Potato leek soup #1

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This is a new recipe for potato leek soup, based more or less on my recipe for corn chowder or clam chowder. I really like it.

Serves 2, multiply as necessary.

1 tbsp. butter
1 tbsp. olive oil
1/2 onion, chopped
1 stalk celery, chopped
1 small carrot, chopped
2 leeks, white part, minced (1 to 3, depending on size)
1 garlic clove, minced
1/2 slice cooked bacon, chopped (optional)
2 tbsp. flour
12 oz. water
1 tbsp. More Than Gourmet roasted chicken stock concentrate
small potato, peeled and diced
4 oz. heavy cream
salt
freshly ground white pepper
dash of Tabasco sauce (optional)

Here are the veggies prepped and ready to go.

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Add the butter and oil to a soup pan over medium-low heat. Add the onion and cook for a few minutes.

Add the celery, carrot, garlic and bacon and cook for a few more minutes.

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Add the 2 tbsp. flour and cook for 5 minutes, stirring periodically. In the chowder recipes I use 1/8 cup of flour, but I wanted this soup to be a little thinner.

Add 12 oz. water and the 1 tbsp. More Than Gourmet roasted chicken stock concentrate to the pot. Or substitute vegetable broth or chicken broth. Bring to a boil.

Add the potatoes and leeks and bring back to a boil, then reduce the heat to a very slow boil. Cook for 15 minutes.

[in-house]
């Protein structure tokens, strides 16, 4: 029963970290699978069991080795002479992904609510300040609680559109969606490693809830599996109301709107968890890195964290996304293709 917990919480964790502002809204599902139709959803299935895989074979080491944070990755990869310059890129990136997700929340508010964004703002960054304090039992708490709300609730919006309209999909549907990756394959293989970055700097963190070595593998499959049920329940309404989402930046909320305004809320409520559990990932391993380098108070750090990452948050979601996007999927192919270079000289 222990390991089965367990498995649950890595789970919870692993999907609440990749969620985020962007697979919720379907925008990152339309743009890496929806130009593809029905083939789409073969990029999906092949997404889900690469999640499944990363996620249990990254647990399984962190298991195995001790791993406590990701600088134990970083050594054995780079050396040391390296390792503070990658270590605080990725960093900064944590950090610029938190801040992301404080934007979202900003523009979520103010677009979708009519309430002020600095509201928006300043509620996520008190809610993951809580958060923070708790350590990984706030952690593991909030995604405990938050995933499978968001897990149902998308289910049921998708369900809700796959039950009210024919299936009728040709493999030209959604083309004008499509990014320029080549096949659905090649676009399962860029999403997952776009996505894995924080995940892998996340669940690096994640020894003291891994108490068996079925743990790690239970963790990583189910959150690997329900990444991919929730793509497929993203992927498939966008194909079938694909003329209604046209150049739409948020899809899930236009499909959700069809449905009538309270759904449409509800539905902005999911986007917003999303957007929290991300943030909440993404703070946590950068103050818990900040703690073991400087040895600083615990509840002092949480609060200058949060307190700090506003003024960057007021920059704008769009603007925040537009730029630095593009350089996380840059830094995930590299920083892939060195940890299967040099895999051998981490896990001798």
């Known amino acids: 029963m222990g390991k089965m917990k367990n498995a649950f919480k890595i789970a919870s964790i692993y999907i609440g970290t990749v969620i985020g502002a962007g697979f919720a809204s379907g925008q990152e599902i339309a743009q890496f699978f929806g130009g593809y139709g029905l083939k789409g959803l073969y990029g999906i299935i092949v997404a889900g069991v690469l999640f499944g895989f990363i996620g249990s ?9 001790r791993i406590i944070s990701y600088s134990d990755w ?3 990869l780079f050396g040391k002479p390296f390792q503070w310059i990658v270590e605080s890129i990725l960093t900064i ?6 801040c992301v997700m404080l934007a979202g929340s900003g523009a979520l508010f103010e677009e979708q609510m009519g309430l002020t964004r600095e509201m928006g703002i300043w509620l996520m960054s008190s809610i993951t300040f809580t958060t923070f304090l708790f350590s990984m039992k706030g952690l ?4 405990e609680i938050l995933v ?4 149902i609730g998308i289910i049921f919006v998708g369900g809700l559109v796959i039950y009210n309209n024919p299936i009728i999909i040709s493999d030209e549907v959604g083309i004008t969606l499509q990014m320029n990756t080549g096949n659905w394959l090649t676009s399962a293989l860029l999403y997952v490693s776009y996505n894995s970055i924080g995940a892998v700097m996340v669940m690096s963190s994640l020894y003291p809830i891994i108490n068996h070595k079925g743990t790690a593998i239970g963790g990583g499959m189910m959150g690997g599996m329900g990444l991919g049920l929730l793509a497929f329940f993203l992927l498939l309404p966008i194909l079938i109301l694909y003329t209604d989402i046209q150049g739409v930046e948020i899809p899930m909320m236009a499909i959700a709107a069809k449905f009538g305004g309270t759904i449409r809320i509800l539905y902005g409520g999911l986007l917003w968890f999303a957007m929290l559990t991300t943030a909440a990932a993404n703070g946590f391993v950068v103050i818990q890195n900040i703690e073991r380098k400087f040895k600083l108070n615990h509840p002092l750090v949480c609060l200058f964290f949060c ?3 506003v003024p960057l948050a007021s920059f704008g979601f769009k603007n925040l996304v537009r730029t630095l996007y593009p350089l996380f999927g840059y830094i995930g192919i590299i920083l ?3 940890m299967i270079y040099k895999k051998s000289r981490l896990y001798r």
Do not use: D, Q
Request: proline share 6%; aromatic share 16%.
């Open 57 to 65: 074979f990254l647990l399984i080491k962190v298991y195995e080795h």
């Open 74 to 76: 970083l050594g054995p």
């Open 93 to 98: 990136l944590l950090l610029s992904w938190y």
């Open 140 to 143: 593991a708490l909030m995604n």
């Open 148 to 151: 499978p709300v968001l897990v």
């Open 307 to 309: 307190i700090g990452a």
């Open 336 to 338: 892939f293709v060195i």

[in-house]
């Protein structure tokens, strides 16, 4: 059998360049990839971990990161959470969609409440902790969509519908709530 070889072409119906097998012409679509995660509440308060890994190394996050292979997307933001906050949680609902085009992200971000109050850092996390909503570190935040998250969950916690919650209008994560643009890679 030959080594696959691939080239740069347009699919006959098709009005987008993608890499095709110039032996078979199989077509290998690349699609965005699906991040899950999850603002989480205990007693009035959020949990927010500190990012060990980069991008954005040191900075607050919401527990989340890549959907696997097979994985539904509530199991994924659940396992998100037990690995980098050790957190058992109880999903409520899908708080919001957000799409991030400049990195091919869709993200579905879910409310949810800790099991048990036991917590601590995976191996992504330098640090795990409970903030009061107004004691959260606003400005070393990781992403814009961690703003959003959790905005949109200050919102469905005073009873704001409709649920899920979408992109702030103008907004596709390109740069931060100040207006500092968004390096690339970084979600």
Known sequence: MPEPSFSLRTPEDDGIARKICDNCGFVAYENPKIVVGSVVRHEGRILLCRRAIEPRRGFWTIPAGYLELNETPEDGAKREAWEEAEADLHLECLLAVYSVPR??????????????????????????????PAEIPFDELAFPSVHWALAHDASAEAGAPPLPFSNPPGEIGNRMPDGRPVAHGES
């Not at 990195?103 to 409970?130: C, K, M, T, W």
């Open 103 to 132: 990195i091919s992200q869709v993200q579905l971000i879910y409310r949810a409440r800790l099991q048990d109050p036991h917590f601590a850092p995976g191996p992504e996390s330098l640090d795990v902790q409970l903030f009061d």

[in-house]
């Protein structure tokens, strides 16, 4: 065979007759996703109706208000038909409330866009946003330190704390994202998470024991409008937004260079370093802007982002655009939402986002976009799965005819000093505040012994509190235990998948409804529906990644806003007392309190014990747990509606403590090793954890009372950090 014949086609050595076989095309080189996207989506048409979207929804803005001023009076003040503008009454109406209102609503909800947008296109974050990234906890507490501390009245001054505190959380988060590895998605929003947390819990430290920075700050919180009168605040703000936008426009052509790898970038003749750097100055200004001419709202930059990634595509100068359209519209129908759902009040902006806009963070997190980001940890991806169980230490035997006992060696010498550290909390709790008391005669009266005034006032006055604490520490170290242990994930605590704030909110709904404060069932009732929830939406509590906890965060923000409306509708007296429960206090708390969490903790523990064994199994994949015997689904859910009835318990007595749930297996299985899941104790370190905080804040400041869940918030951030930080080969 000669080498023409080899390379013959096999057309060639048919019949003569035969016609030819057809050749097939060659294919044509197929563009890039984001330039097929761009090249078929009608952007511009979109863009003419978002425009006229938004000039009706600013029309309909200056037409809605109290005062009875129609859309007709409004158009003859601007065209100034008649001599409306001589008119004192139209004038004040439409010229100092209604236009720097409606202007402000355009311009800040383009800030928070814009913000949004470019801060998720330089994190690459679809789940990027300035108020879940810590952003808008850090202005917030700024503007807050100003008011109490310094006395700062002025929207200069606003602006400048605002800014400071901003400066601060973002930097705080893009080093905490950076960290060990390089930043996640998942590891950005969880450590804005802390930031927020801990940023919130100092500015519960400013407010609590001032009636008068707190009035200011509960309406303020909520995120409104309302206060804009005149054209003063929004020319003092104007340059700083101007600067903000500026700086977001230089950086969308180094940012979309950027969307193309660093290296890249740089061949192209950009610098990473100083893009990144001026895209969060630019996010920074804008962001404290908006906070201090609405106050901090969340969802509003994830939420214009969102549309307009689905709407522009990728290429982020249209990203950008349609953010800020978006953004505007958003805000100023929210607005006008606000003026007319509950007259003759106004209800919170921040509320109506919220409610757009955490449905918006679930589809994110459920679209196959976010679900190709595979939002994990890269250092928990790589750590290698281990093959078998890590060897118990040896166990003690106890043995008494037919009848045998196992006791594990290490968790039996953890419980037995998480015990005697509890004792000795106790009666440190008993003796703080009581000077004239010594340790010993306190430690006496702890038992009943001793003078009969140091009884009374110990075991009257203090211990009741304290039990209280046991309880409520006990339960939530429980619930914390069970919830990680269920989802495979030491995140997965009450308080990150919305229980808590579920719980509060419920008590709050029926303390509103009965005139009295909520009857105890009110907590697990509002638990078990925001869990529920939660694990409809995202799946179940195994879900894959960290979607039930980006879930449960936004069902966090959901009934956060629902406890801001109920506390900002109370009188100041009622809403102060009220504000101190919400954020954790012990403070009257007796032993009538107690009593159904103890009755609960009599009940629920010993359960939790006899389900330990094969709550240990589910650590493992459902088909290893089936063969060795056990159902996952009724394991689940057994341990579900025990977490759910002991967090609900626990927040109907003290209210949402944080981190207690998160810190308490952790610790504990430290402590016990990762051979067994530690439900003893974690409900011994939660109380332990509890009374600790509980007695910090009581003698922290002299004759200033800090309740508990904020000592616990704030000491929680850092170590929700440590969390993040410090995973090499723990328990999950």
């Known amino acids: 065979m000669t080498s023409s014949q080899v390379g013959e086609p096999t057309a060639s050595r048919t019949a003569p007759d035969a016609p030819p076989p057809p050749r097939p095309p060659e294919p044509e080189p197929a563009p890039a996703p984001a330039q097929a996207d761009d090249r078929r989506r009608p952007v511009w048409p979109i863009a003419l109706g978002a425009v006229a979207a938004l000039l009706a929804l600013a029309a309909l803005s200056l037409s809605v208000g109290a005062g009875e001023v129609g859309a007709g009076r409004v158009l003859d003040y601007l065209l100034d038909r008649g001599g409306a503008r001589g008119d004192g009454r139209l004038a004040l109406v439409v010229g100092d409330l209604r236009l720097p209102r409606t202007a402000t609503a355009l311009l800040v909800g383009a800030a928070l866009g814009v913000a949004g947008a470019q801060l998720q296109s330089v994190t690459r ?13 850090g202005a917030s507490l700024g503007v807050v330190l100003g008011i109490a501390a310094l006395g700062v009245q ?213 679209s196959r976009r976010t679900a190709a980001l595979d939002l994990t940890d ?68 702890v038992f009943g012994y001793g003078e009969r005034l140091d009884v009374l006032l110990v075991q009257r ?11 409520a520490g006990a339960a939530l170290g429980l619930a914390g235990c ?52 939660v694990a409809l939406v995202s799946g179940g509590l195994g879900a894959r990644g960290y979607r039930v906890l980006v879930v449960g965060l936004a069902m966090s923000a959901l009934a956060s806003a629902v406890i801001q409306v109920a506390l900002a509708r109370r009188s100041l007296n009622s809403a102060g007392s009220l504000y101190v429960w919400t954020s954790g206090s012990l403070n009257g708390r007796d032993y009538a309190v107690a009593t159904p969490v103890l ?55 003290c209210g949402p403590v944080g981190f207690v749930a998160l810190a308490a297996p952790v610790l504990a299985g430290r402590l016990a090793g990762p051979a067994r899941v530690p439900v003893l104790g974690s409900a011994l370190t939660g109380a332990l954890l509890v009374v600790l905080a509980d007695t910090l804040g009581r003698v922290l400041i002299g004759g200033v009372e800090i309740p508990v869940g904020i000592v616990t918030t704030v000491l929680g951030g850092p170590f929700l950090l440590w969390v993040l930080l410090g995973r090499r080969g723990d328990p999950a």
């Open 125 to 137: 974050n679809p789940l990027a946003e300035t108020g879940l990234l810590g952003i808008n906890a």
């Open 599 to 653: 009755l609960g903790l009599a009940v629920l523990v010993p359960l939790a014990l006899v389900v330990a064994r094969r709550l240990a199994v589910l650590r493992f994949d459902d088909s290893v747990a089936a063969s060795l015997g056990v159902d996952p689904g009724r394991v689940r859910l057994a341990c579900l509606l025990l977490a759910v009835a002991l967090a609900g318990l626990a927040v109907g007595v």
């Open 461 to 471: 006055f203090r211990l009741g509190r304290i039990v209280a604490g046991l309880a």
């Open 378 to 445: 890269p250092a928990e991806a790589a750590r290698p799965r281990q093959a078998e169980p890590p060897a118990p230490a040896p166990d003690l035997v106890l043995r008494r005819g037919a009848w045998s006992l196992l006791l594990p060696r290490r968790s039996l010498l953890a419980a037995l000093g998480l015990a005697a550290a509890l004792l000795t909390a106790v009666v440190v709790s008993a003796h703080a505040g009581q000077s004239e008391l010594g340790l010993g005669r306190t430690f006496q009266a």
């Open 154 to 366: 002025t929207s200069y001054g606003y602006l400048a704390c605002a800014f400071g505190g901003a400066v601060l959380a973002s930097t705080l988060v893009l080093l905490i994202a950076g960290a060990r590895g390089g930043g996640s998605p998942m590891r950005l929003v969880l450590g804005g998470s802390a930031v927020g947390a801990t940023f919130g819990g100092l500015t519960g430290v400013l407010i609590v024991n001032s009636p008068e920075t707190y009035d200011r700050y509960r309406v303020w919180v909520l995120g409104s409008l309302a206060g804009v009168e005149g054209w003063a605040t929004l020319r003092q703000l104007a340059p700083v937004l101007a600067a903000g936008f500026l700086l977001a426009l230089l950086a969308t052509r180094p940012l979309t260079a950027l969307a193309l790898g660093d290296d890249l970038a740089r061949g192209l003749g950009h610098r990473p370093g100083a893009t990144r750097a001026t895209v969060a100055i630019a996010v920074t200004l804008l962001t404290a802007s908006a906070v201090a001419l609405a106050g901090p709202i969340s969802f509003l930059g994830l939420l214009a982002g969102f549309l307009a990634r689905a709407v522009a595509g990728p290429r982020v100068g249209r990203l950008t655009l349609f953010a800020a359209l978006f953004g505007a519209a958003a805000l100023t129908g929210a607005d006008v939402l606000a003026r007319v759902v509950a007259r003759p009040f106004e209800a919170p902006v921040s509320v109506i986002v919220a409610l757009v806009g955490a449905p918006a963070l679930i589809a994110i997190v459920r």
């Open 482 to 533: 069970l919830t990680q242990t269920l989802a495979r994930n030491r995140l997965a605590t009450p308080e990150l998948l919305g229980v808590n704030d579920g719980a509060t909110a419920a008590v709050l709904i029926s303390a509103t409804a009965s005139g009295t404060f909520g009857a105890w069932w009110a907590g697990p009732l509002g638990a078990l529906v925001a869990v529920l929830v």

Add the 4 oz. of cream and cook for 3 minutes.

Season with salt and freshly ground white pepper. Add a few dashes of Tabasco sauce, if desired.

Serves 2.

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Some the recipes I looked at blend the soup at the end, either with an immersion blender, blender or food processor. I prefer this soup with the vegetables intact, however. And it was delicious!

There are several options:

Vegetarian: Omit the bacon and use vegetable broth.

Vegan: Omit the butter, bacon and use vegetable broth. Omit the cream, of course, but the soup will still be pretty good because of the roux.

Gluten-free: Substitute another thickener for the flour, or serve as a thinner soup.

Update January 26, 2015: Surprisingly, this soup is not bad frozen. I vacuum sealed and froze it, then later defrosted it in a bowl of cold water. I reheated it in a sauce pan on the stove. The potatoes were a little softer than when it was fresh, but still held together and it wasn't bad.


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This page contains a single entry by Rick Kasguma published on September 13, 2013 10:36 AM.

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